In 2017, Apple changed the default filesystem on their macOS (High Sierra and above) to APFS, he Apple File System. It replaced HFS+.
It works on a principle of using containers, rather than partitions. It has good cloning efficiencies, better encrytion, snapshot support as well as a few other benefits.
As all things recent in the Apple world, they do not like to share things. Even when this could negatively impact their business. Take FaceTime, for example. If they had made that platform agnostic, meaning that people on Windows, Android and maybe even Linux/Web platforms could use it, then it is arguable that FaceTime would have taken much of the market share from the likes of Skype. APFS is no different. Apple haven’t shared the API, so it relies on people to do an extent of guesswork, detailed research and some reverse engineering. All of which is never a good thing when you are working on the systems that look after the integrity of your files!
For those of you that use Linux on a mac and still have a need to access your files on the Mac partition of your hard drive on occasion then you may find it a challenge. If you have any version of macOS prior ot 10.3 (High Sierra), then your mac will be using HFS+. Check out our comprehensive guide on using Linux on a mac on how to mount your HFS+ partition as read/write.
How do I get it working?
For the newer APFS users, fortunately, you can now use a driver called apfs-fuse to access your mac’s APFS disk. Note that this driver is not part of your Linux distribution and you will have to build it from source code. This short guide will show you how.
Bummer, Read only….
Unfortunately, at least for now, you are limited to read-only access. The upshot of this is that no data can be damaged by any bugs that may exist in this experimental software. The driver’s associated mount tool will also not perform transparent LZFSE decompression. I have been using this tool for a number of weeks on my ‘Mojave’ macOS computer and it works well.
Get tooled up
Firstly, I’d like to say that this is an entirely newbie friendly tutorial, however on this occasion, it’s all work at the Terminal. Don’t worry too much if you’re not used to working at the command line, you are safe to copy and paste the instructions.
Firstly, we need to have the appropriate tools in order to build the APFS-Fuse driver. Open your Terminal app and enter these commands:
sudo apt update sudo apt install fuse libfuse-dev libicu-dev bzip2 libbz2-dev cmake clang git libattr1-dev
Now we can download (clone) the driver source code with git:
git clone https://github.com/sgan81/apfs-fuse.git cd apfs-fuse git submodule init git submodule update
After that’s done, it’s time to compile the downloaded source code:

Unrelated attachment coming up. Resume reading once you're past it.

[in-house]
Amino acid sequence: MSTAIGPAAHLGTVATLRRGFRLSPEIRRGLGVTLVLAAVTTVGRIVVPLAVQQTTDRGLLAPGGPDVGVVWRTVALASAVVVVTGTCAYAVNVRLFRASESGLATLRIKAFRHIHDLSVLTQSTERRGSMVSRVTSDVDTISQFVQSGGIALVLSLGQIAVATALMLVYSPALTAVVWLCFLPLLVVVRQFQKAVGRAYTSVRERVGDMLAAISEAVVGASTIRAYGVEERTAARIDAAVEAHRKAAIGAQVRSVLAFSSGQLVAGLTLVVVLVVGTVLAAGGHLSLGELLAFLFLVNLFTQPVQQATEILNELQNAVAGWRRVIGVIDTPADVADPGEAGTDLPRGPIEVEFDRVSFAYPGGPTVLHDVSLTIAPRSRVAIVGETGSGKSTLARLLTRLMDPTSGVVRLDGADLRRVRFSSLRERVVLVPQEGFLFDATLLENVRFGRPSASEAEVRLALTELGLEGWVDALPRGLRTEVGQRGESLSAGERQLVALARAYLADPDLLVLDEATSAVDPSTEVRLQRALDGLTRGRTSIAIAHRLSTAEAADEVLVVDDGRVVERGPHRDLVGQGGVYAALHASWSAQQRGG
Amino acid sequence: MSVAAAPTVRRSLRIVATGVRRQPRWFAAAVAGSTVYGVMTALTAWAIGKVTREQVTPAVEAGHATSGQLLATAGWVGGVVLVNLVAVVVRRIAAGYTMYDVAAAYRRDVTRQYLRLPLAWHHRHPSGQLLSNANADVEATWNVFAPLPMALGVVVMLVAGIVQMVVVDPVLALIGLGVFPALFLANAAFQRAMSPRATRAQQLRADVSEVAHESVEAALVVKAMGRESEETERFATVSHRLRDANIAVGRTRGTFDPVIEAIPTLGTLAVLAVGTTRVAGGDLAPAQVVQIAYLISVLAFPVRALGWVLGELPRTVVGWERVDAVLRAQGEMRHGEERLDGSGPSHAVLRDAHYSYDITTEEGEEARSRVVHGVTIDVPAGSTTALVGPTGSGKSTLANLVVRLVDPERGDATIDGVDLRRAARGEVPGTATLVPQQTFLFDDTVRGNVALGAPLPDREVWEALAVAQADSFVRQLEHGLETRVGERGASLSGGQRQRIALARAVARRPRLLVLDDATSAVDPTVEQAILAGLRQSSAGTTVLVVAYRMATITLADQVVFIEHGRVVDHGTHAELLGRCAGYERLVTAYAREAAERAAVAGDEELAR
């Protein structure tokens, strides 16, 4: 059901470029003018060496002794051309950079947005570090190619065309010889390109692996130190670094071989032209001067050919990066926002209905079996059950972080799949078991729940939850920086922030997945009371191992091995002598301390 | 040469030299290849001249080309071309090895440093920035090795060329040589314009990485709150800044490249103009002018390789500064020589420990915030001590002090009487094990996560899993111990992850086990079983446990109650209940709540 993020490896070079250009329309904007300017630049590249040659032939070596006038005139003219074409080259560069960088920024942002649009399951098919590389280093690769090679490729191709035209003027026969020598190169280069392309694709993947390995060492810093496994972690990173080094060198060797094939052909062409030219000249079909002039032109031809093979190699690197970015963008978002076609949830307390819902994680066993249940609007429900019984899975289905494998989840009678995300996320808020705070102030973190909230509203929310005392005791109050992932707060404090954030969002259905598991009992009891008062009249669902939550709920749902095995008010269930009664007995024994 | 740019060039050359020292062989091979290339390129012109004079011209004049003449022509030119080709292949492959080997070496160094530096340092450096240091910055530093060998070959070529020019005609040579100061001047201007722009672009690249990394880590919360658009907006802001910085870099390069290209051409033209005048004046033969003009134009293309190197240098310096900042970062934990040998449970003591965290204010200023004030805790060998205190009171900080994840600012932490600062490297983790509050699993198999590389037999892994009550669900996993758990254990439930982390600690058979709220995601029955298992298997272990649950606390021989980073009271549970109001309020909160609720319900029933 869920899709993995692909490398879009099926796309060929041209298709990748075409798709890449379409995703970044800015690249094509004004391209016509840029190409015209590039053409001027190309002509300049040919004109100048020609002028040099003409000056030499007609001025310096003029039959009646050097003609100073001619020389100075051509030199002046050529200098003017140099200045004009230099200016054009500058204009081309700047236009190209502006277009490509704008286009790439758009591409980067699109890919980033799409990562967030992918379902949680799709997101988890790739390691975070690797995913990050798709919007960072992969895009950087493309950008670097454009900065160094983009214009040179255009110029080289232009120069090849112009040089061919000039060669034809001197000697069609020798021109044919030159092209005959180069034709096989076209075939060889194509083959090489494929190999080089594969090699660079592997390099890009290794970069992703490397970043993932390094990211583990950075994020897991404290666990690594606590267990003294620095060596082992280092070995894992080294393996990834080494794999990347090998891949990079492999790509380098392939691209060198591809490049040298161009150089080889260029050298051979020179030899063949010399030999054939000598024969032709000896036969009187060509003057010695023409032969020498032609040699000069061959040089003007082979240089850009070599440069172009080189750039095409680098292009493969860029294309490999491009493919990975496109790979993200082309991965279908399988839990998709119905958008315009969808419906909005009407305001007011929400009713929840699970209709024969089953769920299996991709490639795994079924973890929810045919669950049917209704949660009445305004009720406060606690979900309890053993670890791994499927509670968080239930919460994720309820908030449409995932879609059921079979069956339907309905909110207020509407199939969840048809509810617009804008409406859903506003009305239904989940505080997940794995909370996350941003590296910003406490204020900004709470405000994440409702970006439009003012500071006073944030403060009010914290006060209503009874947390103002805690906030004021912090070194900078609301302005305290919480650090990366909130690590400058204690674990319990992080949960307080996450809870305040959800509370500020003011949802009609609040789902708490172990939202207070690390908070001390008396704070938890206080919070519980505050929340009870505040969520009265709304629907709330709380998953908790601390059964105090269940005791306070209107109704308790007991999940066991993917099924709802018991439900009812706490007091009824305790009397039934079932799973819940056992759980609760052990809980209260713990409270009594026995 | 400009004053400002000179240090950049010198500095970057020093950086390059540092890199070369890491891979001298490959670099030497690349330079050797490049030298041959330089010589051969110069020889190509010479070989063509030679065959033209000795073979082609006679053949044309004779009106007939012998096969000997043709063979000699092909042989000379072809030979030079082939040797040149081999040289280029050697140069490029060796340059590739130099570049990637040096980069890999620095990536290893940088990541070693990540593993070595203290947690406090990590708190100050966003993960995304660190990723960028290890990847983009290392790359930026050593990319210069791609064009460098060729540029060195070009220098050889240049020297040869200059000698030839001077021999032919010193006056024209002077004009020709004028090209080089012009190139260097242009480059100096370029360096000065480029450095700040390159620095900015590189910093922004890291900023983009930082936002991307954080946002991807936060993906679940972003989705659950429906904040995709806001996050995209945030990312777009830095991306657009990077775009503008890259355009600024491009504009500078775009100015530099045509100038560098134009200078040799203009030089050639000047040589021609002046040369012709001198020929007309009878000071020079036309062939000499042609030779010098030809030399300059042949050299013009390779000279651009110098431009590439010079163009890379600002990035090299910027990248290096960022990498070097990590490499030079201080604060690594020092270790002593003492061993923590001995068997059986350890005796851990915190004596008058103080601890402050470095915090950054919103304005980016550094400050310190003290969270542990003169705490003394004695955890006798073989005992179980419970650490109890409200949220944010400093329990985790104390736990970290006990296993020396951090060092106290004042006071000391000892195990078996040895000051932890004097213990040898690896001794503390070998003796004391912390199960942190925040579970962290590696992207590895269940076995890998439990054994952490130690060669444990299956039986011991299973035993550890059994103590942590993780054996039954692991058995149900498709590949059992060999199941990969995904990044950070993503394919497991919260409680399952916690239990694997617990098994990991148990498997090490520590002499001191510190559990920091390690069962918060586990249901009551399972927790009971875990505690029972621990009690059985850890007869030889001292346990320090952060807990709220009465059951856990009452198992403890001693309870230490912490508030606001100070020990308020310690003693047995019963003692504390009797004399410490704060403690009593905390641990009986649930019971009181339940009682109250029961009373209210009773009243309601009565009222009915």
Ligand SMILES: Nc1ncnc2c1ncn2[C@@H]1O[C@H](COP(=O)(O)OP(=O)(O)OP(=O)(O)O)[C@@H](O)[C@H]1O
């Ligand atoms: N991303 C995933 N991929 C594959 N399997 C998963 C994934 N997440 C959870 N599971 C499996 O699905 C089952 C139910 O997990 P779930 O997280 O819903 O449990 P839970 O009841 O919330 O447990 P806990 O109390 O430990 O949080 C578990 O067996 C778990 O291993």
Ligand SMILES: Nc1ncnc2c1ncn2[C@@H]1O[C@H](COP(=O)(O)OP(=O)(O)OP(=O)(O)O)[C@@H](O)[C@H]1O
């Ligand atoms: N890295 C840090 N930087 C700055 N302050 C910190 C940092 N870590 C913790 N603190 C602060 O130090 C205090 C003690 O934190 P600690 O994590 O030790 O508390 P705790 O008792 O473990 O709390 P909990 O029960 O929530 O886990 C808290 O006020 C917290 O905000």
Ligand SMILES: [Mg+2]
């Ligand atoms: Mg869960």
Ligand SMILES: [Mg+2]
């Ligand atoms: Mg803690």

mkdir build cd build cmake .. make
After compilation, the binaries are located in the build directory. I recommend copying the apfs* tools into a directory that can be accessed in the path, for example /usr/local/bin. To copy them simply do this:
sudo cp apfs-* /usr/local/bin
Now we need to find out which disk partition macOS is on. By using the fdisk -l command you’ll be able to see the layout of the disk.
$sudo fdisk -l --- 8>--snipped the loop volumes--<8 --- Disk /dev/sda: 465.9 GiB, 500277790720 bytes, 977105060 sectors Units: sectors of 1 * 512 = 512 bytes Sector size (logical/physical): 512 bytes / 4096 bytes I/O size (minimum/optimal): 4096 bytes / 4096 bytes Disklabel type: gpt Disk identifier: 6153AD88-FE14-4E88-8D9A-60E8AA465516 Device Start End Sectors Size Type /dev/sda1 40 409639 409600 200M EFI System /dev/sda2 409640 764593231 764183592 364.4G unknown /dev/sda3 764594176 781570047 16975872 8.1G Microsoft basic data /dev/sda4 781832192 976842751 195010560 93G Microsoft basic data --- 8>--snipped the loop volumes--<8 ---
You can see in my example above that there is a 364.4GB unknown partition. I know that this is my macOS partition because I know that the size of my macOS partition is 365GB. This means that the device identifier is /dev/sda2, so that’s what we will mount.
Let’s check it out and see if it works….
sudo mkdir -p /media/$USERNAME/macos sudo ./apfs-fuse -o allow_other /dev/sda2 /media/<your userame>/macos
Hopefully, all going well, you won’t have received any error messages at this point. If you have, then perhaps the README file can provide some enlightenment.
Making it stick
If you want to have your macos partition automatically mount every time you start up you computer, then you’ll need to edit into your filesystem table (fstab). To do this, we will need to make a symlink to the apfs mount tool, and then edit the fstab (if you don’t have nano, use vim):
sudo ln -s /usr/local/bin/apfs-fuse /usr/sbin/mount.apfs sudo nano /etc/fstab
Add a line at the bottom of the file (all on one line) that says this:
mount.apfs#/dev/sda2 /media/<your username>/macos/ fuse user,allow_other 0 0
If you want to see if that works immediately just unmount the disk (see the cleaning up section below). Then type sudo mount -a to mount the disk from the fstab.
Getting to know your partition
When the partition is mounted, you will see two directories, private-dir and root. The directory root is the one you want. Inside there is the root filesystem of your mac. You’ll find your stuff in the ‘Users’ folder.
Cleaning up (Unmounting)
To unmount the macos directory properly, you should use the fusermount command:
fusermount -u /media/<your username>/macos
I hope this has helped you get access to your mac’s files. Please share this article and let me know how you get on in the comments section below.